Legionnaires Disease FAQ

Have you or a member of your family been affected by an outbreak of Legionnaires’ disease? Legionnaires’ disease is important to diagnose and report because its identification implies the presence of an environmental source to which other susceptible individuals are likely to be exposed. A case of Legionnaires’ disease will go undetected unless special laboratory tests are performed. Unfortunately, most U.S. hospitals still have not made these tests routinely available.

Our firm has represented Legionnaires’ patients killed or injured by the disease across the United States. We know that an outbreak of Legionnaires’ disease may have grave or fatal consequences for your family, and we are ready to fight on your behalf. Call (877) 562-0000 or complete an online form for a free, no-obligations review of your case today.

Knowledge is power, and Cory Watson attorneys are here to help. Get answers to the questions you may have about this illness in our Legionnaires’ disease FAQ.

What is Legionnaires’ disease?

Legionnaires’ disease is a form of bacterial pneumonia that typically affects those with a weakened immune system. Legionnaires’ disease cannot be spread by contact with a person who is sick. Typically, infected patients are exposed to the bacterium after breathing in mist from water that contains the bacteria Legionella.

Who is at risk for Legionnaires’ disease?

The elderly, people who smoke, those with diabetes and any other illnesses that suppress the immune system may be in danger of contracting Legionnaires’ disease more readily than others.

Are there different types of Legionnaires’ disease?

Yes. There are three different types of this illness, and those include:

  1. Travel-associated Legionnaires’ disease
    As its name implies, travel-associated Legionnaires’ is associated with travel to hotels or aboard cruise ships. It is rarely detected by individual clinicians or health departments; travelers typically disperse from the source of infection before developing symptoms.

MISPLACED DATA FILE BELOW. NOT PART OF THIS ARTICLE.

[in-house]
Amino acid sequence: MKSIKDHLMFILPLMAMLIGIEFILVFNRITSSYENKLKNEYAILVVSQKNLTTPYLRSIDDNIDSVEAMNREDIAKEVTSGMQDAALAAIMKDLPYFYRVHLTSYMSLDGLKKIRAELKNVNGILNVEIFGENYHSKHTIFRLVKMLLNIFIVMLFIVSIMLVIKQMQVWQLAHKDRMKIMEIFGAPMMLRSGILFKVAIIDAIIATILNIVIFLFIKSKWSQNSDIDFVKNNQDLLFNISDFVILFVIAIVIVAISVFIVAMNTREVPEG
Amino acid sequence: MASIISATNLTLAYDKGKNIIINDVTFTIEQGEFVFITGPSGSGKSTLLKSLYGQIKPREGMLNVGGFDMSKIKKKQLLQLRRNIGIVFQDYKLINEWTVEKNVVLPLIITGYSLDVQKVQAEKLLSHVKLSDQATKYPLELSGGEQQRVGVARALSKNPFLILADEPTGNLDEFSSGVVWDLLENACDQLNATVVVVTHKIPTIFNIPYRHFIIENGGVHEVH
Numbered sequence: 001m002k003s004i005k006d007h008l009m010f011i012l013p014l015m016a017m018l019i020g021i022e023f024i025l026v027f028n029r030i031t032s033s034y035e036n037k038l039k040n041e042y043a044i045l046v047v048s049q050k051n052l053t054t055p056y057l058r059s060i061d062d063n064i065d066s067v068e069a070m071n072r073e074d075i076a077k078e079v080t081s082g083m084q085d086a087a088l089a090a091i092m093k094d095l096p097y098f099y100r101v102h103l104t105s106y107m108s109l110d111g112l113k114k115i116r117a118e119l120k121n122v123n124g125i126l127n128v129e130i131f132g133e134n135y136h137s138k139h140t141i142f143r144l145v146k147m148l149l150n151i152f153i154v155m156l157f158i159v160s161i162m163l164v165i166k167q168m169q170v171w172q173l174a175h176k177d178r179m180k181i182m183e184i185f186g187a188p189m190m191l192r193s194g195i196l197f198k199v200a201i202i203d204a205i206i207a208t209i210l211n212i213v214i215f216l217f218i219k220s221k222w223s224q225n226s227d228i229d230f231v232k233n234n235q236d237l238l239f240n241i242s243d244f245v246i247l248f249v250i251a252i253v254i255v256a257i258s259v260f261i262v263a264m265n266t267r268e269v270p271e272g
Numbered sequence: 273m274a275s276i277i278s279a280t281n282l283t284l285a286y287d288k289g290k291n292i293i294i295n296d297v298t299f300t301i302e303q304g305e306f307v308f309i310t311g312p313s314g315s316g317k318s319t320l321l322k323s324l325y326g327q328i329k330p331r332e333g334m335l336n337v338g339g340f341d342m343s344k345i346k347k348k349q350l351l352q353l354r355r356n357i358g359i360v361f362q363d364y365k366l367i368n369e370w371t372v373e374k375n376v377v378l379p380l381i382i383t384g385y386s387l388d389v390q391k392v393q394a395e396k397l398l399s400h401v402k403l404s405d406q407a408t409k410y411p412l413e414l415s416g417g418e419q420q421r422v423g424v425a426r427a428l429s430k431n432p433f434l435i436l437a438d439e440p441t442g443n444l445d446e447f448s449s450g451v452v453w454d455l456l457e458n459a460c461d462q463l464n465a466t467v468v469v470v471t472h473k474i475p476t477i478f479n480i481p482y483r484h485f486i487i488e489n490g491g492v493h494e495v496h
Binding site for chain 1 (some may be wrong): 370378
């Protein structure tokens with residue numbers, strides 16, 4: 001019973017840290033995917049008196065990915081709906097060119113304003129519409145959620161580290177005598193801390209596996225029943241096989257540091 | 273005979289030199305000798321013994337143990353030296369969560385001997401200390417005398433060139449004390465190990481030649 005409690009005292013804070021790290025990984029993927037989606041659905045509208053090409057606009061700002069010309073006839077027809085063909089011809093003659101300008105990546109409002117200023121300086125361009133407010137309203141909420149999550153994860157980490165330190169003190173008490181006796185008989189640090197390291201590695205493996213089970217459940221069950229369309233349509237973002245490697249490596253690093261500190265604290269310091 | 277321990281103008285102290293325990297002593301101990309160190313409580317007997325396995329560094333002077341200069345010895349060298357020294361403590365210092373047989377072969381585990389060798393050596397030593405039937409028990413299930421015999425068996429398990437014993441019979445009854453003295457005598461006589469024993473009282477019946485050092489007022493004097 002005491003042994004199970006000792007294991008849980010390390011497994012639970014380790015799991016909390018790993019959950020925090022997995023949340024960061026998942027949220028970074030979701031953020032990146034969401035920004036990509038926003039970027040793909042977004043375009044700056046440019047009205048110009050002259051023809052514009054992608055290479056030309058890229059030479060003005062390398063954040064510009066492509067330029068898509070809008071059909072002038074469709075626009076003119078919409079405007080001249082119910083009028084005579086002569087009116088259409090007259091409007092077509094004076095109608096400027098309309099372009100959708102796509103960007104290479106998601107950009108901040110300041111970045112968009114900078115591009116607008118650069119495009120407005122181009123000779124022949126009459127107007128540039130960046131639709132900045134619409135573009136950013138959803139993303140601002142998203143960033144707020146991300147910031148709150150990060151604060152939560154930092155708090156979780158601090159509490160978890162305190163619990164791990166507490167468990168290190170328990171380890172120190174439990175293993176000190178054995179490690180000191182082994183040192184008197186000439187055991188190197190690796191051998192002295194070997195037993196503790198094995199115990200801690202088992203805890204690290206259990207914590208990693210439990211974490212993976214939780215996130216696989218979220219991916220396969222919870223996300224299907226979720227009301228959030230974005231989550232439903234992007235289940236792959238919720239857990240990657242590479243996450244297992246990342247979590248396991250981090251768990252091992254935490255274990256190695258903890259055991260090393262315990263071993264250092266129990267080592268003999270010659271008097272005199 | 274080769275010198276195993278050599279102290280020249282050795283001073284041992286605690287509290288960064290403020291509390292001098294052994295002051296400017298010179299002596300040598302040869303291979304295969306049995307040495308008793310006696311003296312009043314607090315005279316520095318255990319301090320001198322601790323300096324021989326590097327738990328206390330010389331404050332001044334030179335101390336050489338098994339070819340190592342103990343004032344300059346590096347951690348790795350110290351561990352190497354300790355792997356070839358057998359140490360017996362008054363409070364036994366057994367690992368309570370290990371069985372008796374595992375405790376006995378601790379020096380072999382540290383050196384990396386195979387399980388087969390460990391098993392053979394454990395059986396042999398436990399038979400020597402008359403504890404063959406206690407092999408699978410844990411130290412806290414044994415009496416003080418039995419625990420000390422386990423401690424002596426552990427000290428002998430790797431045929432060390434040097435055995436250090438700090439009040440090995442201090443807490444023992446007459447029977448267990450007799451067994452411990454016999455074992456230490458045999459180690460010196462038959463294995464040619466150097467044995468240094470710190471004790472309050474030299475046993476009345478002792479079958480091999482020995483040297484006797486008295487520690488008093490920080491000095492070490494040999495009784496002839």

1. Community-acquired Legionnaires’ disease
    This type of the illness is acquired within a community setting. For instance, a mall might be an area where someone could contract community-acquired Legionnaires’ disease.
  1. Nosocomial Legionnaires’ disease
    As the hospital-acquired version of the illness, nosocomial Legionnaires’ is transmitted primarily through the facility’s water supply. The most distressing aspect of nosocomial Legionnaires’ is that the health of the patients who contract it is already compromised, leaving them more susceptible to the damaging effects of the disease.

How common is Legionnaires’ disease?

According to data from the U.S. Centers for Disease Control and Prevention (CDC), only 1,000 cases of Legionnaires’ disease are reported to the organization annually although 25,000 cases are treated per year. Approximately 4,000 people die every year from this severe illness.

What are the symptoms of Legionnaires’ disease?

Symptoms of Legionnaires’ disease include:

  • High fever
  • Chills
  • Cough
  • Shortness of breath
  • Muscle aches
  • Confusion
  • Fatigue
  • Diarrhea
  • Chronic pain
  • Loss of appetite
  • Nausea
  • Vomiting
  • Chest pain
  • Headaches

Promptly treating the disease is a crucial factor in preventing the condition from worsening, which can lead to death in some instances.

What tests are used to detect Legionnaires’ disease?

There are three tests recommended by medical professionals to detect the presence of Legionella in a patient with pneumonia. Those include:

  1. Blood Test
    Blood is drawn on the patient immediately after illness and paired with samples from tests taken several weeks later to determine whether levels of antibodies indicate the presence of Legionella bacteria.
  1. Cultured Bacteria Test
    If Legionella bacteria is cultured from a lung biopsy specimen, respiratory secretions, or various other sites, the diagnosis of Legionnaires’ disease is considered confirmed.
  1. Urine Test
    This urine test detects antigens to the Legionella bacteria.

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